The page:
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125 Years of Women at Auburn: Rheta Grimsley Johnson

In celebrating 125 years of women at Auburn, the university welcomed Award-winning author and columnist Rheta Grimsley Johnson, a class of 1977 graduate.

As a junior at Robert E. Lee High School in Montgomery, Alabama, Johnson already knew she wanted to attend Auburn University and be editor of the school newspaper, “The Auburn Plainsman.” Her older sister, Joann, attended Auburn and brought back a stack of the newspapers when she came home for the Thanksgiving break.

“To my delight, the editor that year was a beautiful young woman, and feisty as they come, Beverly Bradford. She became my instant hero,” Johnson said. “That’s it, I thought. I’ll be another sassy female editor of The Auburn Plainsman.”

In the eighth grade Johnson had made up her mind that a journalist is what she would be. Her very first gig? Covering a girls volleyball game for the Goodwinn Jr. High Smokesignals newspaper. Fast forward a few years to Johnson leaving for college. She told her mother “I [am] going to study journalism and I [am] going to be a newspaper reporter. She cried. I told my dad, and he said to be the best journalist.”

Johnson paid homage to the editor of her first column at the Plainsman, Tom Botsford. “He was kind, he would say kind things to you,” she said. “It wasn’t the greatest bit of journalism ever, but Tom walked me through it, edited it, he actually ran it. He said critical things in a kind way. That is my definition of a perfect editor.”

Johnson wrote on many topics in her blooming years as a reporter. The most noted fad might be her piece on the streaking outbreak on college campuses. The Plainsman received a tip that there would be a streaker at the Haley Center. Even though Johnson did not actually attend the event, “I got more credit and blame than I deserved,” she said. “I was glad my parents lived a whole world away in Montgomery.”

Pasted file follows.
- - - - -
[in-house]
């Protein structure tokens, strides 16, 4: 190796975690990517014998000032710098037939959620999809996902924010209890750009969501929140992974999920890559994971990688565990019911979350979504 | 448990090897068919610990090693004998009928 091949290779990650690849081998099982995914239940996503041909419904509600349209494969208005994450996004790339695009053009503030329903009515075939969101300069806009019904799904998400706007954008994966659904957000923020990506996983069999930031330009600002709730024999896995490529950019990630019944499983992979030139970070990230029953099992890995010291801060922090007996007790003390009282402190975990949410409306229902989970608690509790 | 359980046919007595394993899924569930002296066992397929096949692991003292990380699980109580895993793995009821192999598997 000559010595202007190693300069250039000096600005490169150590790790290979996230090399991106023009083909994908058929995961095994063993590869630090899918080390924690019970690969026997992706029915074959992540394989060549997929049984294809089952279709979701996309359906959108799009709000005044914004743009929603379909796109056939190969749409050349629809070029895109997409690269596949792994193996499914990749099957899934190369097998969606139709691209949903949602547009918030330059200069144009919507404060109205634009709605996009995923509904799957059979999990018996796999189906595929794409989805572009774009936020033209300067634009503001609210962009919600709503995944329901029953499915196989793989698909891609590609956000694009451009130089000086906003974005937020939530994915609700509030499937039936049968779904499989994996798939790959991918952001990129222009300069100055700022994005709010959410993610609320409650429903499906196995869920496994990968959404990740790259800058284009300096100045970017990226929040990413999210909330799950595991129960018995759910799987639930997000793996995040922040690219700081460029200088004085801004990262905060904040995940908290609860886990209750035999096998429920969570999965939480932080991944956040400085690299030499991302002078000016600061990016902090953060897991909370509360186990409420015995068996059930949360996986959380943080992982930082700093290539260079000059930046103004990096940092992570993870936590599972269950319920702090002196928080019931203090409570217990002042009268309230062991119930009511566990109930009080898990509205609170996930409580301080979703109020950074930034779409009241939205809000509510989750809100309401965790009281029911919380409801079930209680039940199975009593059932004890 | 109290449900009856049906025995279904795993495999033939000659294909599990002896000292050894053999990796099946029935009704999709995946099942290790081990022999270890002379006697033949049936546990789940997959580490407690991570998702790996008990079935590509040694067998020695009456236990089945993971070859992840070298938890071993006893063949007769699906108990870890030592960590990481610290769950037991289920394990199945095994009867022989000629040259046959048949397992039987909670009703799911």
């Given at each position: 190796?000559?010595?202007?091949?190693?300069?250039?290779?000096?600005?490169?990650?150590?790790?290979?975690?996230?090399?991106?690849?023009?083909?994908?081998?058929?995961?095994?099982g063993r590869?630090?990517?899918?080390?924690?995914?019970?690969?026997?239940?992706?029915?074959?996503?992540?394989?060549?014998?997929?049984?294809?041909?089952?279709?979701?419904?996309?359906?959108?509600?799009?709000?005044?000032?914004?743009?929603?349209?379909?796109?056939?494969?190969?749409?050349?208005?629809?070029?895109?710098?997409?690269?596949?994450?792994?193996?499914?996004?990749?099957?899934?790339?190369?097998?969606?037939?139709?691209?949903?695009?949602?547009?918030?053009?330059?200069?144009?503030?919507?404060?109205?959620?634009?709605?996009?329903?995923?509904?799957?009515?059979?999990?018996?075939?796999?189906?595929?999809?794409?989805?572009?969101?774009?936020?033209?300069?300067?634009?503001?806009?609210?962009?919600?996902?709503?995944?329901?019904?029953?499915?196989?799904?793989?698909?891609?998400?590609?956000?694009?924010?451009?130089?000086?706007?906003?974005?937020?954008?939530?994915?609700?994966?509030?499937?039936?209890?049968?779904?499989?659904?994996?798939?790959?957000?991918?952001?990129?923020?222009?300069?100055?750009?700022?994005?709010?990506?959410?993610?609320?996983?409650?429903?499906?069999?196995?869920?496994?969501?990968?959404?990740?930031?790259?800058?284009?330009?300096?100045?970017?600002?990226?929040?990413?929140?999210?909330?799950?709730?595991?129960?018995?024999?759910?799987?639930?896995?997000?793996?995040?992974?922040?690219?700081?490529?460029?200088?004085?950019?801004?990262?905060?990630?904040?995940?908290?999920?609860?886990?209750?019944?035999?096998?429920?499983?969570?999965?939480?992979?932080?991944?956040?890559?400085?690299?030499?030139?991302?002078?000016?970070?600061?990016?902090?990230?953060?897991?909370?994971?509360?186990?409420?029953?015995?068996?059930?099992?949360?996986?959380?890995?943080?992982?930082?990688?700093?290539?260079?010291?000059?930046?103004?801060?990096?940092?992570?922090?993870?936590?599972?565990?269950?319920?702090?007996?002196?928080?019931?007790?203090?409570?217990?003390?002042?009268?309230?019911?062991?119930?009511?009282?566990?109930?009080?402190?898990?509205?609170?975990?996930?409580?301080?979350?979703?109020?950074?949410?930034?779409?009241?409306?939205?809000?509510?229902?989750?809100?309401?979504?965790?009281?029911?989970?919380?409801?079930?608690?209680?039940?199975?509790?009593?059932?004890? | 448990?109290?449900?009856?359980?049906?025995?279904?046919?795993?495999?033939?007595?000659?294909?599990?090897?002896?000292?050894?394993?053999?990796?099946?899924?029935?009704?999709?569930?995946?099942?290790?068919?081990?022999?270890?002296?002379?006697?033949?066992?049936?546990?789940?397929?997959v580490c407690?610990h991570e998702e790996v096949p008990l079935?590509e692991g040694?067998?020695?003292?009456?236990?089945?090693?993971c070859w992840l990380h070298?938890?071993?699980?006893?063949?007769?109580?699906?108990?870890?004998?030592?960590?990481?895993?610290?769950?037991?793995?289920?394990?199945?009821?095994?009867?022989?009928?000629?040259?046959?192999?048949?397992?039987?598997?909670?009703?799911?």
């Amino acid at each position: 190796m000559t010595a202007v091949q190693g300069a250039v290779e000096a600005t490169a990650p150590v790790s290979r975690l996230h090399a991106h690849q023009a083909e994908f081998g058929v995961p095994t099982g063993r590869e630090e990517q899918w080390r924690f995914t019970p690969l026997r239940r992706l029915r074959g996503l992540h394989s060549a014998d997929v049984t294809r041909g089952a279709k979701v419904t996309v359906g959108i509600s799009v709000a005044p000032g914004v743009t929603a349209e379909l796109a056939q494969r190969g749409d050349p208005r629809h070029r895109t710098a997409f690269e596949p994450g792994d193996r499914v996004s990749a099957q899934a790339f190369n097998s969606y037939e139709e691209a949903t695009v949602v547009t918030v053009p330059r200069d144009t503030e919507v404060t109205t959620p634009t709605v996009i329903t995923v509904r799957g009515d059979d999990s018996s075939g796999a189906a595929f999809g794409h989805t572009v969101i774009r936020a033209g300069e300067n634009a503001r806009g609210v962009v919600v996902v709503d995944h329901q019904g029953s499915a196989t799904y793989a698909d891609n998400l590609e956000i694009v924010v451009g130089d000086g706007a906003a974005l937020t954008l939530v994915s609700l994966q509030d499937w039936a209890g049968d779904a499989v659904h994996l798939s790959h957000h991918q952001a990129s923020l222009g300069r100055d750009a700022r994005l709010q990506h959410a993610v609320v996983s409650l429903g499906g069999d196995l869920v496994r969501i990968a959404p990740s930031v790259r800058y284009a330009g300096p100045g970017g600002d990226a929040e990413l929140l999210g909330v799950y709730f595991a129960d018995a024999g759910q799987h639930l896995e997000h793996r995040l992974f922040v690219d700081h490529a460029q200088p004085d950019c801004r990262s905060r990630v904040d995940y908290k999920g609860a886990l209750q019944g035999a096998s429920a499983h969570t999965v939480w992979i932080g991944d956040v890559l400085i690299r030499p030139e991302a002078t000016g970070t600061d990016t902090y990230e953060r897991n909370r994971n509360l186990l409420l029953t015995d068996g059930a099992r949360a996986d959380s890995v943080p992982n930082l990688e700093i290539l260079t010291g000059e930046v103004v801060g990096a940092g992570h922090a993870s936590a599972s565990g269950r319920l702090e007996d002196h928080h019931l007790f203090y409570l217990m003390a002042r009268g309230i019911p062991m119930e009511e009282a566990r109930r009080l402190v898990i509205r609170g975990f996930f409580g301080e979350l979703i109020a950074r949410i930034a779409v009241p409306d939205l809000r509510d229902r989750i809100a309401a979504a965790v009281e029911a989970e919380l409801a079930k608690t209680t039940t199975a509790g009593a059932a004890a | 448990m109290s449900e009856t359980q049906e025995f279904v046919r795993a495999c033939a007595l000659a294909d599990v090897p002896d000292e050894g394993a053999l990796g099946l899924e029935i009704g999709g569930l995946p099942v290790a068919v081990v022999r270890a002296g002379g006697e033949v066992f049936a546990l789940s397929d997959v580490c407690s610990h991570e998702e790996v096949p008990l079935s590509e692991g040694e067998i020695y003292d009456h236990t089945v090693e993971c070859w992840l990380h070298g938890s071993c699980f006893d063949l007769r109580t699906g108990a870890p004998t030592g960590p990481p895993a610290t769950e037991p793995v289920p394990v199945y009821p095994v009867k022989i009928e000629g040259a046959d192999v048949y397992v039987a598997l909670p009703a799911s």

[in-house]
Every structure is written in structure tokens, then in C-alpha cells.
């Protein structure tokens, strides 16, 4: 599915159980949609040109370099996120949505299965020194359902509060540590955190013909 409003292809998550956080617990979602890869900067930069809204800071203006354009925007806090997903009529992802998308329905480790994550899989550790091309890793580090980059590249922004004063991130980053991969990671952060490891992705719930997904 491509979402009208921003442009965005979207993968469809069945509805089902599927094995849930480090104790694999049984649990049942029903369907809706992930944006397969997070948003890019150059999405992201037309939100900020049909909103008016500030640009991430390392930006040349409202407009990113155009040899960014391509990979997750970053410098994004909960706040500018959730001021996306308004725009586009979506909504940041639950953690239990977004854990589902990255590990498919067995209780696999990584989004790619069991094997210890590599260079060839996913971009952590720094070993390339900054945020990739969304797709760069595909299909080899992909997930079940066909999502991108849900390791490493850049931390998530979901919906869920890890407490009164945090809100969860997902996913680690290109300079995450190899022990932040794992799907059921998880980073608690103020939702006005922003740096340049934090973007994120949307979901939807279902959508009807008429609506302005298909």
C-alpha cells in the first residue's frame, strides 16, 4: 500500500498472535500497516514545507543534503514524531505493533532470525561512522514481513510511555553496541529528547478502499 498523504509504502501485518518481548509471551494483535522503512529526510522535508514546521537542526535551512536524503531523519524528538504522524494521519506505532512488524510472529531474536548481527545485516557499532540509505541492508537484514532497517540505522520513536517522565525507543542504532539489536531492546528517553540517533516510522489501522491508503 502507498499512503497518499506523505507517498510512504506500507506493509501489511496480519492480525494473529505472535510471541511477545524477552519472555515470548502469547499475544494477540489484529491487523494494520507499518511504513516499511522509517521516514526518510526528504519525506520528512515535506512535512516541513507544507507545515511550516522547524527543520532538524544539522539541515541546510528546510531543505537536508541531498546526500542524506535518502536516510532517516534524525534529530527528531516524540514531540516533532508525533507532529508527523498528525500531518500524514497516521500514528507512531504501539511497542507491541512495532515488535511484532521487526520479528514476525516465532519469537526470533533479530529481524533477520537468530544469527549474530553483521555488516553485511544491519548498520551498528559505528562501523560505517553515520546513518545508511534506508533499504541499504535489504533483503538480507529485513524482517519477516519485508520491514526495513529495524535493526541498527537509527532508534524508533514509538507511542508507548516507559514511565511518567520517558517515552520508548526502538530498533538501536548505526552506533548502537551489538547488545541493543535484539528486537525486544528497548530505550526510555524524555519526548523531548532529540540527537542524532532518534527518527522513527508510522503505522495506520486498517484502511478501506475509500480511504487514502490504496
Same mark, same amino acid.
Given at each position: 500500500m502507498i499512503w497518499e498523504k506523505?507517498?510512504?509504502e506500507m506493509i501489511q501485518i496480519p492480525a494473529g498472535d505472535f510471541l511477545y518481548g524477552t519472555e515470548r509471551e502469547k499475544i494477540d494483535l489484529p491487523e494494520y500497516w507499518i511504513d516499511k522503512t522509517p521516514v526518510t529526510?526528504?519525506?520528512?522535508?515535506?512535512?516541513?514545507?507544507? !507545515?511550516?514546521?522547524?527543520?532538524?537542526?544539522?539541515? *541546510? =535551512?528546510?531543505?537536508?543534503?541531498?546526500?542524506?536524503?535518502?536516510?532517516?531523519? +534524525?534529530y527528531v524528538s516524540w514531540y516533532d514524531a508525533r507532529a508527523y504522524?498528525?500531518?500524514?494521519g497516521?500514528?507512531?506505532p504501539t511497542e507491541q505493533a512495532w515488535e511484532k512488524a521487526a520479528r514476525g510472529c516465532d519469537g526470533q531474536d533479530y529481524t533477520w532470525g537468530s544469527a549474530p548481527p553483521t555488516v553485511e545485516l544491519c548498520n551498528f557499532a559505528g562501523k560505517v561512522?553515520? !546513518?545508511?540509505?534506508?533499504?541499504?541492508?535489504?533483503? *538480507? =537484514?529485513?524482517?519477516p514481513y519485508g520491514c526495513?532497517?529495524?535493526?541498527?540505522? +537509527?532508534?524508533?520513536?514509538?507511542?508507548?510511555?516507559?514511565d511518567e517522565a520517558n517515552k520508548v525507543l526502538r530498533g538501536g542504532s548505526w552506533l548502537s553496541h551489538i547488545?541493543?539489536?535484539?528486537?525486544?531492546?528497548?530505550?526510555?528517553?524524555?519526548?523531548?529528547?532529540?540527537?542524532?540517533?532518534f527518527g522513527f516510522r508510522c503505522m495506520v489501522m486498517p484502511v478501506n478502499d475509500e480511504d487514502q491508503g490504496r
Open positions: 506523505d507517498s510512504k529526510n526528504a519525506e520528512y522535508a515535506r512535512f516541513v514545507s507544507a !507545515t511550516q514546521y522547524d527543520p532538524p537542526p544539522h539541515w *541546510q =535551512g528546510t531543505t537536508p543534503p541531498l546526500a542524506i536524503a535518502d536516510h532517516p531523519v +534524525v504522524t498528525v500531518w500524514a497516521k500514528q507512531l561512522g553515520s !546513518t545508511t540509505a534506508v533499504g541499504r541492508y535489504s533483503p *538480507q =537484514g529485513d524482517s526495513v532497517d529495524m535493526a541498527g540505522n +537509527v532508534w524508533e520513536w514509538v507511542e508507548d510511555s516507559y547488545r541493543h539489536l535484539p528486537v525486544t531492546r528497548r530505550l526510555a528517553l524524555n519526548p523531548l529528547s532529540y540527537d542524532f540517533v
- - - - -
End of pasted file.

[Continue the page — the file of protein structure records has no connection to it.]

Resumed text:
Next came her campaign to be Plainsman editor. Most run unopposed, but that was not the case for Johnson. She was up against two men, both highly qualified. Johnson went on be editor and to receive the National Pacemaker Award while on the Plainsman team. After graduating in 1977, “I left Auburn with stars in my eyes, $10,000 in my pocket, a U-haul on the back of a VW van, my new husband, Jimmy, and my good friend David Nordance,” she said. “And we all had decided we could start a weekly newspaper.”

The trio headed to St. Simons, Georgia with seed money from Miller Clines of the Auburn-Opelika News. Within two weeks, the first issue of the St. Simons Sun was released. Unfortunately, 26 weeks later, the seed money ran out, and so did the VW van. “It was about two years until I could face a shrimp again,” said Johnson.

“The thing about journalism that’s wonderful is its democracy. I’ve been places, talked to people and met people I had no business talking to…I’ve talked to the chaplain at the Ku Klux Klan, a Georgia beauty queen and I’ve watched the exhuming of a dozen bodies,” she said. “I’ve been to an alligator’s funeral.”

Johnson’s niece, Chelsea, has served as a muse for characters of many stories she writes. Driving through Birmingham with Chelsea in the passenger seat, Johnson wanted to show her the Vulcan. Ferociously pointing out the window, Johnson said, “Look up! Look up! We are in Birmingham!”

Chelsea replied, “I know, I know. The city where baby Jesus was born.”

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